‘Retail will suffer’ as spending power shrinks

Consumer spending power is continuing to be squeezed – meaning there will be no let-up in pressure on retailing.
That’s the conclusion of the Annual Discretionary Income Study just released by Ernst & Young. It says that the average UK household now has less of its monthly income to spend on discretionary purchases than at any time in the last five years. After paying tax contributions, mortgages and monthly household bills families now have just over 22% of their gross income left over; in 2003 they had 28%.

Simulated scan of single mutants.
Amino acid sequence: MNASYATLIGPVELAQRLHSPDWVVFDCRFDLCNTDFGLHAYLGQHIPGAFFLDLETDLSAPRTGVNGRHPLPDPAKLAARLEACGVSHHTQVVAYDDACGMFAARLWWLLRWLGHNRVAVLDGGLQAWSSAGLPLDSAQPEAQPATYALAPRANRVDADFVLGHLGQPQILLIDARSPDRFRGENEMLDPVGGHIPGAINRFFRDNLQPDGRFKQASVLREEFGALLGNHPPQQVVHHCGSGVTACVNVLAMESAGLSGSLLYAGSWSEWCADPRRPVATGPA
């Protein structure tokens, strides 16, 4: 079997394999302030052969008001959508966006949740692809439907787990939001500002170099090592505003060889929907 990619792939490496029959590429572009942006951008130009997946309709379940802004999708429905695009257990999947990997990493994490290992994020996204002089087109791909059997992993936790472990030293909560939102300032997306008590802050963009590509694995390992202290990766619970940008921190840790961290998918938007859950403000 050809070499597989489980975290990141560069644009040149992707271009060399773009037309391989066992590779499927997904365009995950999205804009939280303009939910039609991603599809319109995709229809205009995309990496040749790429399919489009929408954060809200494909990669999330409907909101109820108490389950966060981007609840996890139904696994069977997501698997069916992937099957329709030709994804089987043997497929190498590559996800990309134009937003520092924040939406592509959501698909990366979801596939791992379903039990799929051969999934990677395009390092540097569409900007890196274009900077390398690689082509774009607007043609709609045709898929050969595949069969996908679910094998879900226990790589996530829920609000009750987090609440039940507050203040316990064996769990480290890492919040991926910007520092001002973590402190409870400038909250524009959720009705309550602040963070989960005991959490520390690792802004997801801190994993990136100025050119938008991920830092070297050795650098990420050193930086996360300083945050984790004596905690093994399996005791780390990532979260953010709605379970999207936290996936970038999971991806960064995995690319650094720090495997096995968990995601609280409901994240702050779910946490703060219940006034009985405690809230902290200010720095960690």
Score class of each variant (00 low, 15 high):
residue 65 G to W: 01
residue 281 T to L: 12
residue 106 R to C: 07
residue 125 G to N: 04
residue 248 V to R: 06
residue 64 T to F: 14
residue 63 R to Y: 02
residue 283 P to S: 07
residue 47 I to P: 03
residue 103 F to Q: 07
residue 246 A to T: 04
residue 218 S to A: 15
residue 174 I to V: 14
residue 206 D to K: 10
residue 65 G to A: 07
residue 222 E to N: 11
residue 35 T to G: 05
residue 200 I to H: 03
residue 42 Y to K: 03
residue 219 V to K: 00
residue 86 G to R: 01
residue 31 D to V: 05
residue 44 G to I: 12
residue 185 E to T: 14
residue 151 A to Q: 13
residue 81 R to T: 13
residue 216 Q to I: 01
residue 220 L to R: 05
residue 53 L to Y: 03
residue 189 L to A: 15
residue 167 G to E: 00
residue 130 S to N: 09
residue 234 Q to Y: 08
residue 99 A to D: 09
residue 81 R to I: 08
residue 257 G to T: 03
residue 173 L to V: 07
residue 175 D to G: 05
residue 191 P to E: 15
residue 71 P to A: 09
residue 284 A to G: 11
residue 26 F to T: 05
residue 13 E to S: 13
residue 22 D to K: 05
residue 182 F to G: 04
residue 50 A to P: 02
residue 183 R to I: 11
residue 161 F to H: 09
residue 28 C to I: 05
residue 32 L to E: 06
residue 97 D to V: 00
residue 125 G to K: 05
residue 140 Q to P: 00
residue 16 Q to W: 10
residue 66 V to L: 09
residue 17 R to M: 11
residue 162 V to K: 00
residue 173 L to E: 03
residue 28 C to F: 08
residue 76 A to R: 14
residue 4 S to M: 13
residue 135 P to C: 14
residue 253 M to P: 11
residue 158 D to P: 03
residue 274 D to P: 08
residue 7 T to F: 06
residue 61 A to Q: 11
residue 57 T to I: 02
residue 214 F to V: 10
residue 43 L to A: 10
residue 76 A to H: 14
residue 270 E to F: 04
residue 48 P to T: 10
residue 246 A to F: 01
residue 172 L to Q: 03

Ernst & Young points out that the level of discretionary income has a significant effect on retail performance – and says that it therefore predicts no improvement in the retail climate.

It expects sector like-for-like sales to continue at between 0 and 2% or worse if interest rates rise again, and the gap between retail winners and losers to widen.

Mortgage payments, impacted by four rises in interest rates since last August, are having the biggest effect on consumers, says Ernst & Young, but it also points to above-inflation rises on a host of fixed costs such as council tax bills, water rates, pension contributions and petrol.

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